7 Essential Steps to Starting a Community Paramedic Program

Starting a community paramedic program doesn’t need to stress you out. After reading this guide, you’ll feel less confusion about taking the leap into mobile integrated healthcare-community paramedicine.

To start a mobile integrated healthcare community paramedic program, you need to assess your community needs, research feasibility and coordinate with your state EMS office. 

The Paramedic Foundation has a handbook for starting a community paramedic program. You can download the handbook for your review. We recommend you look it over. However, it is about fifty pages long. So, you can use this article to get started. 

How Do I Start a Community Paramedic Program? 

Let’s start with seven steps to creating a community paramedic program. Consider this guide a checklist to get you started. 

7 Steps to initiate a community paramedic program in your area: 

  1. Perform a needs assessment 
  2. Contact community partners and primary care physicians  
  3. Discuss feasibility with EMS staff
  4. Contact the state EMS office
  5. Address educational needs 
  6. Consider staffing and equipment needs 
  7. Secure funding for your MIH-CP program

There are several ways to approach a community paramedic program: the top-down approach and the bottom-up. The state EMS office encourages and initiates CP programs in the top-down model. However, in the bottom-up approach, or the grassroots model, individual EMS agencies start the program. The bottom-up approach is usually the structure in which most programs are formed.

This article provides steps for the grassroots approach. Both the bottom-up and top-down approach leads to positive change in mobile integrated healthcare.

1. Begin a Community Paramedic Program with a Needs Assessment 

There is no reason to begin a community paramedic program if your city doesn’t need or want it. So, before you begin the heavy lifting of starting a community paramedic program, you should perform a needs assessment. A needs assessment to determine if your community needs a community paramedic program could give you the vital information you need to bring up with decision makers in your community.

Here are several questions to consider during a needs assessment: 

  1. Does your county have patients who don’t have access to primary care? 
  2. Is there an untreated drug problem that could use a community paramedic program? 
  3. Does your EMS system have a high number of super-utilizers or frequent flyers? 
  4. Have your ERs been overcrowded? Are there other clinics for patients to find care? 

Before you reach out to partners, it’s vital to know the need your community paramedic program will fill. By performing a needs assessment, you’ll have a convincing answer when people ask – how does this program help us? 

2. Contact Community Partners for Your Community Paramedic Program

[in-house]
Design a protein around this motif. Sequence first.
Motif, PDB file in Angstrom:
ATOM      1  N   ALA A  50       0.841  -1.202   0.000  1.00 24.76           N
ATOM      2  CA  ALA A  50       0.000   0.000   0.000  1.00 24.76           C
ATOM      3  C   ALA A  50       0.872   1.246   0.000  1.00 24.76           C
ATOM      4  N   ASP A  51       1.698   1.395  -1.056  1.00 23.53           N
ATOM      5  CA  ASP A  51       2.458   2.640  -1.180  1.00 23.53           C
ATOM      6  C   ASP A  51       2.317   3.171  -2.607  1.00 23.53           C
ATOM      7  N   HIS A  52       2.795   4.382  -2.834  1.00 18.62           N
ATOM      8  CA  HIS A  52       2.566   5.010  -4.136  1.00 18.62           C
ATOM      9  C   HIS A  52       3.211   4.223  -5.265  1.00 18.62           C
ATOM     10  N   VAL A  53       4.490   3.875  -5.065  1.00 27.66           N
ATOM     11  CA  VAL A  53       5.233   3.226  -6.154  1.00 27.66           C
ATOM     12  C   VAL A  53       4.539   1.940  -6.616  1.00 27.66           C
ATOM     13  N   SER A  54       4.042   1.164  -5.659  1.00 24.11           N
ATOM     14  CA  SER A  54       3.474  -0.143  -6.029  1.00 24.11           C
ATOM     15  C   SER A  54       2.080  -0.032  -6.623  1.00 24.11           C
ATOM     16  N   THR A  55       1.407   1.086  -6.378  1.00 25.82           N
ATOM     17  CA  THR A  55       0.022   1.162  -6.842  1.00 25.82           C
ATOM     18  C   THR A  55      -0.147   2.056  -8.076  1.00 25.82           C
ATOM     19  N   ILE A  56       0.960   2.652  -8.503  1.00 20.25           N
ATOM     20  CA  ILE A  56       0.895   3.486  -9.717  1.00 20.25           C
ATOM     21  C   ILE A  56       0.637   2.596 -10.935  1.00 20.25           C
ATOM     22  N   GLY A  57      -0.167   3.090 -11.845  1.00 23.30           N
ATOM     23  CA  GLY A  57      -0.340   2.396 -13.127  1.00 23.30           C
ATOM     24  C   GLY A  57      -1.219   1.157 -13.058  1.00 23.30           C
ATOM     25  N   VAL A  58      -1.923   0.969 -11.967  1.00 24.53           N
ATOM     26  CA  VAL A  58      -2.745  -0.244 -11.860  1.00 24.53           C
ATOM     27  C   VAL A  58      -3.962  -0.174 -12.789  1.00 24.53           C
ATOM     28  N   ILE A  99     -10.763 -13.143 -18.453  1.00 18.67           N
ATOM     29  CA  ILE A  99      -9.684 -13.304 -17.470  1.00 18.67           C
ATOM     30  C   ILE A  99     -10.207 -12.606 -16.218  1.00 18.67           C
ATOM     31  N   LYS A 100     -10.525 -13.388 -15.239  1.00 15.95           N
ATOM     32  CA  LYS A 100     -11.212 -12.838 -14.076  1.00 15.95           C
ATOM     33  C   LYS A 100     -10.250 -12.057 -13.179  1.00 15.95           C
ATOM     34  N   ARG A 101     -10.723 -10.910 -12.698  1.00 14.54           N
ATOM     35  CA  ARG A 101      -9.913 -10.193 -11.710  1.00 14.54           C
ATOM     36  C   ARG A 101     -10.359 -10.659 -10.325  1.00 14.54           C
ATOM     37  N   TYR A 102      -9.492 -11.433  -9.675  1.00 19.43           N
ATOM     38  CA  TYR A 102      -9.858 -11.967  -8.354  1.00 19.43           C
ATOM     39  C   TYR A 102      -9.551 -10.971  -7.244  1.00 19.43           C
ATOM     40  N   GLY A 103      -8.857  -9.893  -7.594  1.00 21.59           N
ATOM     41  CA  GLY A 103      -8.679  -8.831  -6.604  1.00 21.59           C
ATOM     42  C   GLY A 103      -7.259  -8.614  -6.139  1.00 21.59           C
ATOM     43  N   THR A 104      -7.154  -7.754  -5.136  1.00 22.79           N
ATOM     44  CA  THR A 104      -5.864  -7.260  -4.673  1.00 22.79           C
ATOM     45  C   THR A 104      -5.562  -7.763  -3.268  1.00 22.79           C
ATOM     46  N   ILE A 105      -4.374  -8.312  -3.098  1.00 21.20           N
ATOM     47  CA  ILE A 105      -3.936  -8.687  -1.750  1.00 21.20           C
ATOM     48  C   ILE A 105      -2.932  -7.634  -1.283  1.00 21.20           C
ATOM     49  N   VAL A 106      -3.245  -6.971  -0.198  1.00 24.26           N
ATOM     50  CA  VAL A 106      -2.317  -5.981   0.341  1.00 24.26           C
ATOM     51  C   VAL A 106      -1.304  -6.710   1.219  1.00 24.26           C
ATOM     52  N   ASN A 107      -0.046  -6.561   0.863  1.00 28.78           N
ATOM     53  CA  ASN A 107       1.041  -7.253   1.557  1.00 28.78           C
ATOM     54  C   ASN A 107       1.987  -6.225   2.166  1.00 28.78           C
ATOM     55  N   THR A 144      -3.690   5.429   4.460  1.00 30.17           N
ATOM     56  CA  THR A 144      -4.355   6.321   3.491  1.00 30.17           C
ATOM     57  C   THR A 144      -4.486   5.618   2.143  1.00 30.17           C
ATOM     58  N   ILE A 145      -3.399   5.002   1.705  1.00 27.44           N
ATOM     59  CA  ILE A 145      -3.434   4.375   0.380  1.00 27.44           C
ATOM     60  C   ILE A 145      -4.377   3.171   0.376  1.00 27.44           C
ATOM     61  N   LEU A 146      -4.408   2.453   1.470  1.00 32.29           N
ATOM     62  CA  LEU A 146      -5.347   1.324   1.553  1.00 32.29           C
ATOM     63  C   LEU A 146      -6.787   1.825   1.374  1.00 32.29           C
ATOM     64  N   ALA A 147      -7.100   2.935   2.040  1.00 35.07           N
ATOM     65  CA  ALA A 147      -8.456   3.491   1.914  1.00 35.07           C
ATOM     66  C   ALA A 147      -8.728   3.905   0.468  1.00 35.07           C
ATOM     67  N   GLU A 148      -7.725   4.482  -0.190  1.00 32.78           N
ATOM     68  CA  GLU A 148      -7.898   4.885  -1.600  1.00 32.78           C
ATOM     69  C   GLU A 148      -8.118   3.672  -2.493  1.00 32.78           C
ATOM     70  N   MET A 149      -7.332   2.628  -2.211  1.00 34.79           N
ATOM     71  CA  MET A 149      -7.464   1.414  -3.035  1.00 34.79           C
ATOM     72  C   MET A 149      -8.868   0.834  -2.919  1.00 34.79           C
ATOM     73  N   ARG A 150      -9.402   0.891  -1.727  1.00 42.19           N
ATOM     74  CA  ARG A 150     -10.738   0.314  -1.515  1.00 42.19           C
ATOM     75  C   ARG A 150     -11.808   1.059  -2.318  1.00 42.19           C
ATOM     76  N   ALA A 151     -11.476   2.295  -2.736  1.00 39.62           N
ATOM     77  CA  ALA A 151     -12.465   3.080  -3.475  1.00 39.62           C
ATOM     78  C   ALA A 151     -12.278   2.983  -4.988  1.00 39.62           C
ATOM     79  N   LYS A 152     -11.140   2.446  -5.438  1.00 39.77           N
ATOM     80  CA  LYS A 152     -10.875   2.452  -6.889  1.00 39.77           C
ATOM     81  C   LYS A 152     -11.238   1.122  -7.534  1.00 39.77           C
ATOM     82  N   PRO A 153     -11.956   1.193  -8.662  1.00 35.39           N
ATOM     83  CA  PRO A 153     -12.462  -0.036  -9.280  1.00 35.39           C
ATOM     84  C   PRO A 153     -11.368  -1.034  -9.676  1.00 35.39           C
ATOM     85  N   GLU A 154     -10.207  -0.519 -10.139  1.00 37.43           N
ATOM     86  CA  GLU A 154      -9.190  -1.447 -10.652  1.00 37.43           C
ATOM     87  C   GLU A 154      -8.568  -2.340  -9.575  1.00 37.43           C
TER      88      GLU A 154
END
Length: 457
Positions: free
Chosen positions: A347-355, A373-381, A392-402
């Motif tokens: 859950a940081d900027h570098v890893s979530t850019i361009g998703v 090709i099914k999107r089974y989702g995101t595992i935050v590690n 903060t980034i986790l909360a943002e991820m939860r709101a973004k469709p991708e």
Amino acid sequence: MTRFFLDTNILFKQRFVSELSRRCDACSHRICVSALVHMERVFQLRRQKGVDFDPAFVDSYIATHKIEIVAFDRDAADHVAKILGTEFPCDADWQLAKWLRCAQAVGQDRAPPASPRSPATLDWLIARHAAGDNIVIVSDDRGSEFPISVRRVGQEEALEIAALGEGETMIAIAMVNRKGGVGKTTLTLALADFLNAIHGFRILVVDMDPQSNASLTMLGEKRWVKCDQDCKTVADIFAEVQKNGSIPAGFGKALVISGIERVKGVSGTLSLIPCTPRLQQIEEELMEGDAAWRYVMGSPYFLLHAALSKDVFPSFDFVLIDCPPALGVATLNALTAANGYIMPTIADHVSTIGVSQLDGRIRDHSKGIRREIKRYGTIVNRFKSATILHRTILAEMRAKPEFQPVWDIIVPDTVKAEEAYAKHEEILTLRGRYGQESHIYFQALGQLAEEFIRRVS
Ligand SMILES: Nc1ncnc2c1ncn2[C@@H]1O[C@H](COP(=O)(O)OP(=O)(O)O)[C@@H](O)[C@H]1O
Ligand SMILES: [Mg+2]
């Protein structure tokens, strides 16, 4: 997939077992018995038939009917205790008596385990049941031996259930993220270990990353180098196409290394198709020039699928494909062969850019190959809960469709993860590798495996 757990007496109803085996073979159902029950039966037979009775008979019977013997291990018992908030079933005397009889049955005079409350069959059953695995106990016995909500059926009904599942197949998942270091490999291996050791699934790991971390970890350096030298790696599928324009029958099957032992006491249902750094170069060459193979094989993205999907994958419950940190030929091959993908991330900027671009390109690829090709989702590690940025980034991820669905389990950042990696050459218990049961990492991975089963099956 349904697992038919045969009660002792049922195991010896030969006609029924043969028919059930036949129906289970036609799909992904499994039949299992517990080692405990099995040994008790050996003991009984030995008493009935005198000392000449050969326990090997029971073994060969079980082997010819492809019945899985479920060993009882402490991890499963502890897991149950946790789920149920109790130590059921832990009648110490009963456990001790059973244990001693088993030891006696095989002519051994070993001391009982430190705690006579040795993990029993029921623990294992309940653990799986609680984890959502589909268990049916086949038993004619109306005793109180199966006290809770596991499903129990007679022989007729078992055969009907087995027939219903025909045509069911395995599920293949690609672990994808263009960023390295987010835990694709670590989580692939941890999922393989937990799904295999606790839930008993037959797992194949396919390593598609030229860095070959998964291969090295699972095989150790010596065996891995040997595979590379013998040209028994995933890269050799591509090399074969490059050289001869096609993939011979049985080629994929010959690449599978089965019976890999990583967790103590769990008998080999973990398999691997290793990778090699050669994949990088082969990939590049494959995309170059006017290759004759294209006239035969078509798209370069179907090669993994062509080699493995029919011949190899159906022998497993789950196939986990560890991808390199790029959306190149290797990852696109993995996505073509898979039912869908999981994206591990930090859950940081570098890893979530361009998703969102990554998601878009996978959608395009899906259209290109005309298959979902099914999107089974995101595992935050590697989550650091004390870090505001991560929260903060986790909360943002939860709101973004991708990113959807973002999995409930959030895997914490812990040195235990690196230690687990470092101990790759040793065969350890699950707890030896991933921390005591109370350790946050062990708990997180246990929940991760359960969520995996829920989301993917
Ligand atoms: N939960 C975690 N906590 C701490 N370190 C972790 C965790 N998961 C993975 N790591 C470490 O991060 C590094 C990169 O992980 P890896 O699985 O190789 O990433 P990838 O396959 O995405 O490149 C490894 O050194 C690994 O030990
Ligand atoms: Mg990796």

You need partners to buy into the idea to start a successful community paramedic program. The very nature of a community paramedic program requires strong partnership. A community partner is somebody that can champion a community paramedic program with you to decision makers in your local government.

Here are several people you’ll need onboard: 

  • Primary care physicians and nurses’ association. Community paramedicine is often based in primary care. So, you’ll need to contact primary care physicians and nurses to determine if they’re on board with the idea. 
  • Medical direction. Along with primary care physicians, you’ll need to contact your EMS medical director. Depending on the size of your program, you may need a second medical director involved in your community paramedic program. Medical directors will keep tabs on paramedic skills and help develop protocols. 
  • Community mental health leadersCommunity paramedics frequently assist mental health care. Contact local leaders to see if they would be interested in partnering with your program. 

If you have community partners ready to buy in, it’s time to bring the idea to your staff. 

3. Discuss Community Paramedicine with Employees and Managers 

Don’t forget to evaluate the internal motivations of your staff. In many cases, paramedics and EMTs will be excited to try something new and expand their skills and knowledge. However, if your team is already overworked, they may be less enthusiastic about starting a new program. 

Also, if you’re a rural EMS system, you may need to figure the possibility that EMTs will be your primary employees. With some training, EMTs can perform the job of a community paramedic. EMTs in this role are often known as primary care technicians

If you have the need, the partners, and your staff is on board, it’s time to bring your proposal to your state EMS department.

4. Contact Your State EMS Department 

One of the significant hurdles for paramedic programs is their state scope and classifications. Some states have clear guidelines asserting how community paramedic programs should operate. 

In time, most states will streamline the ability to initiate a mobile integrated health program. 

For now, here are some critical questions to discuss with your state: 

  • Licensing requirements. Does your state require you to apply for any new licensure? Or can you begin a community paramedic program with your current ambulance license?